Across most of the High Desert, masks are off, but the effects of the pandemic on rural health departments still lingers.
Dr. Michael Baker, Health Services Director of Jefferson County Public Health, is stepping down from his role this summer after nearly six years of service.
The reasons are many, but he told Central Oregon Daily News on Tuesday that frustrations with the OHA are largely to blame.
“These difficulties with working with the Oregon Health Authority have been here ever since I’ve been here, since 2016,” Baker said.
He earned his undergraduate degree from Washington State University, and earned his MsPH as well as a Ph.D. in Public Health with a focus on rural public health from Walden University. He went on to become Deputy Director of the department of the Whitman County Health Department.
When Baker made the move to Jefferson County, it didn’t take long for concerns to arise.
“I didn’t realize the level of involvement the Oregon Health Authority has on a daily level, in local public health here in Oregon,” he said. “My job is often delegated to being their local representative, and that’s not what I wanted to do in rural public health.
“I wanted…to be the real ‘boots on the ground’ so to speak, to understand what the community needs and wants and then make the decision that helps improve the health of everyone in the community.
“Here in Oregon, I don’t feel that I actually have that ability to make those choices and decisions that I believe need to happen on the local level,” he added.
When the pandemic hit, those frustrations only grew.
“I often felt like I was completely forgotten, sometimes I felt I was ignored,” Baker said. “We requested more testing supplies early on and were denied, we requested more vaccines early on and were denied…at one point we were even told that our vaccine was being re-prioritized to a larger mass vaccination clinic in one of the urban areas, and we were left without getting vaccines for that week.”
During the pandemic, Baker only had one day off, which he spent traveling to visit his son.
“I was really working 24/7 practically, 7 days a week,” he said. “But I wasn’t the only one.”
Jefferson County Public Health currently has 13 full-time staff members, which rose to 16 during the height of the pandemic.
They all juggled various roles, and Baker regularly helped set up and take down vaccine and testing clinics across the county, as well as contact tracing, social media engagement, keeping up with the latest data, and performing case investigations.
Crook County Public Health’s Health and Human Services Director Katie Plumb cited similar stresses during the pandemic, especially over getting enough resources from the OHA.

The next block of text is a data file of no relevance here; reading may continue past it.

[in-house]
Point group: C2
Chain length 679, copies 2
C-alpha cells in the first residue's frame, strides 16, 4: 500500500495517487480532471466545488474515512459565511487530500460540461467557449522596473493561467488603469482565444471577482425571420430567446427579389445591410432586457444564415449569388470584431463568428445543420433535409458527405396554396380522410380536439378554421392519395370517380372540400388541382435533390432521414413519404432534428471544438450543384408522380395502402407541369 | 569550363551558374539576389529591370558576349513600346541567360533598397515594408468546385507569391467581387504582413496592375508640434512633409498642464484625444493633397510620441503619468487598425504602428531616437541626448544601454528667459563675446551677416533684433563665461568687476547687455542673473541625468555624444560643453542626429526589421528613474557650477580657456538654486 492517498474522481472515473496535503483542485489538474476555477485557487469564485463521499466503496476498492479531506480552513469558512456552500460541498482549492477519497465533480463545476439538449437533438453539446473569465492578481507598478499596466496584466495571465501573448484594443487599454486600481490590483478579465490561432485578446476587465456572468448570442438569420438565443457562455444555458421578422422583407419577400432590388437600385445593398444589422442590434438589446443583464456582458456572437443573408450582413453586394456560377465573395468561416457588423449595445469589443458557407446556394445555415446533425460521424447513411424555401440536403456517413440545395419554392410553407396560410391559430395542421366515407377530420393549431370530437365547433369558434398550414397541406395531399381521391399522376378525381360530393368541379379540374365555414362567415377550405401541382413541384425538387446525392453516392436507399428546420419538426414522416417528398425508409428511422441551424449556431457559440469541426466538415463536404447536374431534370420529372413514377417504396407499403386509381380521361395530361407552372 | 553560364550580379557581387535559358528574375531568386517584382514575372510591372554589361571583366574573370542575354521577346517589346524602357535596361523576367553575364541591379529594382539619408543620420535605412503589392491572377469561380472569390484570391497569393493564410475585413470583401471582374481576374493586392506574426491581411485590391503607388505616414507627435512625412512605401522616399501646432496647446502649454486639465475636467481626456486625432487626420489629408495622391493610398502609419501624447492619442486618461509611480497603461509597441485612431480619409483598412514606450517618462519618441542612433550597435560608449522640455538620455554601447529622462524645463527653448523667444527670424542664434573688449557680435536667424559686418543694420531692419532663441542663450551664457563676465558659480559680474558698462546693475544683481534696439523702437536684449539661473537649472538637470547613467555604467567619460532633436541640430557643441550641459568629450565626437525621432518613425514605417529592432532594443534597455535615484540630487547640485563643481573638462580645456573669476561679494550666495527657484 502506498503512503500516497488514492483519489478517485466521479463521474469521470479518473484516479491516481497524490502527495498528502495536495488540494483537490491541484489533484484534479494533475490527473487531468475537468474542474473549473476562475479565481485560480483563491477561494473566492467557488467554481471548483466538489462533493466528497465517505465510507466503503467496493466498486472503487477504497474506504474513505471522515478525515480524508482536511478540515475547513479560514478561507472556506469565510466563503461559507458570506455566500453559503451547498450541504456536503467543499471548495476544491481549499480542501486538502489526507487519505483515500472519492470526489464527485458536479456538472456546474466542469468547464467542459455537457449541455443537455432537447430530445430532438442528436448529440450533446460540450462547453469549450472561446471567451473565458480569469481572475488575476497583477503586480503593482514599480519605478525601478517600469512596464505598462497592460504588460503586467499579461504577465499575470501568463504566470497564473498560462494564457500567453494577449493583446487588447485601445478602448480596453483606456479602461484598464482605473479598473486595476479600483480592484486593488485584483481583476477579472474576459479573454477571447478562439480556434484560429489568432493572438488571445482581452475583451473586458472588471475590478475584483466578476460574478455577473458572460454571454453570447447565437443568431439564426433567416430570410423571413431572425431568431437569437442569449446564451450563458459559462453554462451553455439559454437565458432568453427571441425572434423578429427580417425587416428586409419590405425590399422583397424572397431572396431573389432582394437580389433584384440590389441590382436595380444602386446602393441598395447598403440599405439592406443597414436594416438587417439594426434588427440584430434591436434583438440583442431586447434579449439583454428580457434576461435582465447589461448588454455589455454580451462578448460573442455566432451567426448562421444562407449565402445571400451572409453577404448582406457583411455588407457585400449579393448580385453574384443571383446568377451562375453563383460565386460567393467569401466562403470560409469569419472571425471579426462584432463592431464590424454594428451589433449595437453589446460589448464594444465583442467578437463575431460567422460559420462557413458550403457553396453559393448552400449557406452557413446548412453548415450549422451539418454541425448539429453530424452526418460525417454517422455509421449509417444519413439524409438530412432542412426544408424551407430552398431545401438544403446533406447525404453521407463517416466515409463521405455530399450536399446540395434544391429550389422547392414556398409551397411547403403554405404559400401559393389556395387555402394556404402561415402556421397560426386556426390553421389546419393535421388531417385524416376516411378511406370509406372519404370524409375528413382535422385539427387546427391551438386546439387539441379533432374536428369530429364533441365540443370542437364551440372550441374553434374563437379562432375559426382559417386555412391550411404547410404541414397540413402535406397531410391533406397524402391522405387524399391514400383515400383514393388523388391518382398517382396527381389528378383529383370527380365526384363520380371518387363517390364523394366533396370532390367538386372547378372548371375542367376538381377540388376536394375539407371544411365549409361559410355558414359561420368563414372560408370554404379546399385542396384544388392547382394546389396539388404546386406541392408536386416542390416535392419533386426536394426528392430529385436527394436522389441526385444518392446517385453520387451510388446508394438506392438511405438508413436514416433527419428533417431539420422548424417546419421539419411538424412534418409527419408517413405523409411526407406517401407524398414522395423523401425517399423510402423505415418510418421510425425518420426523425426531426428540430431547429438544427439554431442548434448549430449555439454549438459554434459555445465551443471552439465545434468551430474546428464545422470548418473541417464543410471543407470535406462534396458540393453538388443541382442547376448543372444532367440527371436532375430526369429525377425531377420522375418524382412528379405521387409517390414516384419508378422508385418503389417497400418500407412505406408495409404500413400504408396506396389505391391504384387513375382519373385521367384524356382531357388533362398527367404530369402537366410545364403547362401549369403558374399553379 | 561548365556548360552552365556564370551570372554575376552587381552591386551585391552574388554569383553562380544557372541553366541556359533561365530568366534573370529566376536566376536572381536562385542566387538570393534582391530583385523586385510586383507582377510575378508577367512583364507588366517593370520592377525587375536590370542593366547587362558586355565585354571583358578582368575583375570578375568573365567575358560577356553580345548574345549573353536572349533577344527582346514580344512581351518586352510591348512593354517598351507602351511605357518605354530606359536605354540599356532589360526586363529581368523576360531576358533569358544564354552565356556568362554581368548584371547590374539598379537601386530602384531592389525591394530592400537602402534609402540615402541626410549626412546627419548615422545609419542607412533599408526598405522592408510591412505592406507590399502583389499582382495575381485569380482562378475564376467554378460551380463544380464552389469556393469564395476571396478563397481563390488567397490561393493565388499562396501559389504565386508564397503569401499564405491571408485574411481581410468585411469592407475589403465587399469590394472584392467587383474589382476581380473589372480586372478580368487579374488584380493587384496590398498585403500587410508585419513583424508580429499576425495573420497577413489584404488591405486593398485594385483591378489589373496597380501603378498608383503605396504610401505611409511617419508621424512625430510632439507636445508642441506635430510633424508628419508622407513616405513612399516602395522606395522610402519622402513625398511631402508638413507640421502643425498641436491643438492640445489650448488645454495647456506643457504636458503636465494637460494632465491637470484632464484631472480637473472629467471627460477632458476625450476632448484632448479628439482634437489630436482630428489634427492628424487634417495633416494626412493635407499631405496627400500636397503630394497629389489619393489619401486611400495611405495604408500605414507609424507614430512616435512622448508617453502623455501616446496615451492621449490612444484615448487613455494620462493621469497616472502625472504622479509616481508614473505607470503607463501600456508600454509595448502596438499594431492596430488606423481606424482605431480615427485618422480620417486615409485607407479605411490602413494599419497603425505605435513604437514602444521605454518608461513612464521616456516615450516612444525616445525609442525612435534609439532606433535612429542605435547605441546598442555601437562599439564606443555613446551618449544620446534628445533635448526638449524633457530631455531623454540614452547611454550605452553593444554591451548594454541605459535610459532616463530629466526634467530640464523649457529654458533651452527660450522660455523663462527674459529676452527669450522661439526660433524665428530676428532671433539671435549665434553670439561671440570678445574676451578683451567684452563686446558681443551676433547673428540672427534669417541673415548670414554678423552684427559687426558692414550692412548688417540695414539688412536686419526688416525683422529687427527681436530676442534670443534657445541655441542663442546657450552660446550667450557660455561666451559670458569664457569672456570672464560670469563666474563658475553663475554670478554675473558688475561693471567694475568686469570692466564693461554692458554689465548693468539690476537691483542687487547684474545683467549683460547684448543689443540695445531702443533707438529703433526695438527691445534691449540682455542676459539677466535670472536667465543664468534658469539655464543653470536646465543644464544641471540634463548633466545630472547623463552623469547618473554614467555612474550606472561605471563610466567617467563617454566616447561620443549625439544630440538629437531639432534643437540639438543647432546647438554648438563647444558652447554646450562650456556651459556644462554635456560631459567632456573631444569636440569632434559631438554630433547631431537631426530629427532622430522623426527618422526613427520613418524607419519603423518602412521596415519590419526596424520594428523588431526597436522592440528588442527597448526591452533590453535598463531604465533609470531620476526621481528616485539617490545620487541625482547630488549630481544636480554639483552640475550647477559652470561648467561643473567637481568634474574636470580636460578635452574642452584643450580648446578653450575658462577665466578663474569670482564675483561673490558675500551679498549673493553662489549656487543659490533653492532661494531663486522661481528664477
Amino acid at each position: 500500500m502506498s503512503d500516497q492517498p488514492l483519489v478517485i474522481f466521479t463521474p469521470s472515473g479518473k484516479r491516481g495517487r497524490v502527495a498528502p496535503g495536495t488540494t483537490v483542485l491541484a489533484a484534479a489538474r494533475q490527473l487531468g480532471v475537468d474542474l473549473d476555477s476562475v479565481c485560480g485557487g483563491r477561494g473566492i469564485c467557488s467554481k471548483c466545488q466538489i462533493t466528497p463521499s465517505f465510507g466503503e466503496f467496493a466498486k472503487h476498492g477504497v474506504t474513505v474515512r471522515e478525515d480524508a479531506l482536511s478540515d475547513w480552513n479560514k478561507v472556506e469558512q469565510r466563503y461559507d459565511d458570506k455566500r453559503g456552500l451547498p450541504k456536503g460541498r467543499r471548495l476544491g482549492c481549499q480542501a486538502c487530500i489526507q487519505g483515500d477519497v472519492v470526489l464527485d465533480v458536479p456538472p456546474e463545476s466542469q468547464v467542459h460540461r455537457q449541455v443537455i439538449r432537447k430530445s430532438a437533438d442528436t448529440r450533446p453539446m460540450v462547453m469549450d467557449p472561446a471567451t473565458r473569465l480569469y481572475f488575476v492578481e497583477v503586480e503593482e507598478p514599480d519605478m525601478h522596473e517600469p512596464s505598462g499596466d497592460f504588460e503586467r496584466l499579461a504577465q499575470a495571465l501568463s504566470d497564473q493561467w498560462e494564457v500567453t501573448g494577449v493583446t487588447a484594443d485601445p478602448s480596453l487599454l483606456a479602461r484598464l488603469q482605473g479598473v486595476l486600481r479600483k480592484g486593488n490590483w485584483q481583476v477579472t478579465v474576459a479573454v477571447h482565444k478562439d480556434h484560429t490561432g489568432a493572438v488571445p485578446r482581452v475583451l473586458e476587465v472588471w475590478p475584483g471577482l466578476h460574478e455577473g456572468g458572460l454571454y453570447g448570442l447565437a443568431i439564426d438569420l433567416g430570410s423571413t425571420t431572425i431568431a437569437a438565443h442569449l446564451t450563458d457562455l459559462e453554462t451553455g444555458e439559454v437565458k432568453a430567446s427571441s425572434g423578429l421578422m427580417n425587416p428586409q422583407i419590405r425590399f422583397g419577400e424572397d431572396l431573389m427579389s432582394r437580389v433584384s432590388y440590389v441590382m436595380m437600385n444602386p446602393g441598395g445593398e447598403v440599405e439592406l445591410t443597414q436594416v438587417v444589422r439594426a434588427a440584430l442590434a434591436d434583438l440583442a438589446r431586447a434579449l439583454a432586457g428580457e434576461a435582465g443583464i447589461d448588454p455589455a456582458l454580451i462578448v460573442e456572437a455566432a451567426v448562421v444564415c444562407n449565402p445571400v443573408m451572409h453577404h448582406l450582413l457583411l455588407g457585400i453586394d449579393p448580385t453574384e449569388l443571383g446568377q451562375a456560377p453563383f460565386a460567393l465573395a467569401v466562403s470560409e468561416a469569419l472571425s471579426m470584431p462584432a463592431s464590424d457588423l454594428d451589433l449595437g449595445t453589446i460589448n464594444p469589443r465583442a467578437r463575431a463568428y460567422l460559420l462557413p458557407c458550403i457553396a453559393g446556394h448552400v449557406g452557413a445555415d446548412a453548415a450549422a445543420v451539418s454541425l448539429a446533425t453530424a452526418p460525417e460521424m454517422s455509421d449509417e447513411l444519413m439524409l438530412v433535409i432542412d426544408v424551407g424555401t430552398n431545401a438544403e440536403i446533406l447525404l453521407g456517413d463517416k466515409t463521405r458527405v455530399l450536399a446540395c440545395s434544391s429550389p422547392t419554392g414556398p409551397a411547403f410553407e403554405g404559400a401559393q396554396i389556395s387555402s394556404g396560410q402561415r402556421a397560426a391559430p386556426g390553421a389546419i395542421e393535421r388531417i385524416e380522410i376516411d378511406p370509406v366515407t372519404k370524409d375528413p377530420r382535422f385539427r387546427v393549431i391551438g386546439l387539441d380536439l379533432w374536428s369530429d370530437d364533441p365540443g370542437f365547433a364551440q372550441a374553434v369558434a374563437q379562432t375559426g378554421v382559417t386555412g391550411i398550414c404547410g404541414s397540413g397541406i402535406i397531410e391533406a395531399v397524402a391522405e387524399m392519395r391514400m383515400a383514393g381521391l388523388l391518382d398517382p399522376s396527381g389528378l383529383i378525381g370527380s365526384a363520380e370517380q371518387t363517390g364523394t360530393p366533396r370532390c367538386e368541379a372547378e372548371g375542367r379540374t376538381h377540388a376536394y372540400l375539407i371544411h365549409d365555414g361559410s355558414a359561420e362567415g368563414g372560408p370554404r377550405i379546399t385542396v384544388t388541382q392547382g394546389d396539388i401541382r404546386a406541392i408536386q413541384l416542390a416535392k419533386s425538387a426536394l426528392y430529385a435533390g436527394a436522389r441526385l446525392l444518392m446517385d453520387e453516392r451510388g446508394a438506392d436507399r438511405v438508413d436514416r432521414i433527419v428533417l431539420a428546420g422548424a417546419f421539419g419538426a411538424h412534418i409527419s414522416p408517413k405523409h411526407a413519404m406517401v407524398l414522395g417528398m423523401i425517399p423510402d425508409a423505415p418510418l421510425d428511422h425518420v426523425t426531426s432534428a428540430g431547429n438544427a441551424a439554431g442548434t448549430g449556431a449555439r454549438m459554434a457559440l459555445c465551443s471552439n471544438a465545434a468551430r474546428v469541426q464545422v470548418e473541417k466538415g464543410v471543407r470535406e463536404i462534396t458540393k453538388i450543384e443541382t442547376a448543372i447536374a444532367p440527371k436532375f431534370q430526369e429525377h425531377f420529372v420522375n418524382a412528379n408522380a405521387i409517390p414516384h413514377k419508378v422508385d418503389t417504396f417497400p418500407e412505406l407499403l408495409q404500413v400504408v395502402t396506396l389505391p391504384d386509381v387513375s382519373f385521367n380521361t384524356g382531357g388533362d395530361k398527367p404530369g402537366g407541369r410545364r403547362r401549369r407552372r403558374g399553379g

“There were definitely times when my resilience was low and maybe I just tried a different route, or was just so frustrated that I would not go there,” she said.
She was saddened to learn that those factors had contributed to Baker’s departure.
“It’s sad to lose good leaders, Mike is definitely a champion in our region and in our state specifically for advocating for rural public health initiatives,” Plumb added.
Crook County Public Health saw large amounts of turnover during the pandemic, and they currently have a full-time staff of 18.
Plumb believes more could have been done on the part of the OHA and the CDC to help rural health departments, but believes the future can look brighter if departments are willing to be flexible.
“I think that the OHA used the information that they had to make the best decisions that they could at the time,” she said. “There were definitely times when more resources went to larger communities, because more resources were needed in larger communities. It was not to say that less was needed here, and so…I would tell them that.
“Maybe if I wasn’t working with the state, maybe I was working with another partner or organization or system to make sure that we got the resources that we needed.
“But that’s also the role of local health, is to be creative and to leverage partnerships with our community based organizations, our health system partners,” she added. “And so yes, the state is a huge part in the role that we play locally, but it’s also not the only partner that we have.”
For Baker, the lack of support, paired with the long hours, and the pressure of caring for 25,000 people with only 13 full-time staff members, is finally too much to bear.
He is unsure what his next steps will be after stepping down.
“I’ve been in public health for 20 plus years, every year of that has been in rural public health,” he said. “I don’t know if I’ve lost the desire to be in public health, or maybe just lost the desire to be in public health in Oregon…what that looks like in the future, we’ll have to wait and see.”
Baker’s departure, scheduled for mid-July, comes as a new Health and Wellness Campus opens in Madras.
The public health center, along with Mosaic Medical clinic and a community room, will occupy a building next to St. Charles Madras starting on April 25.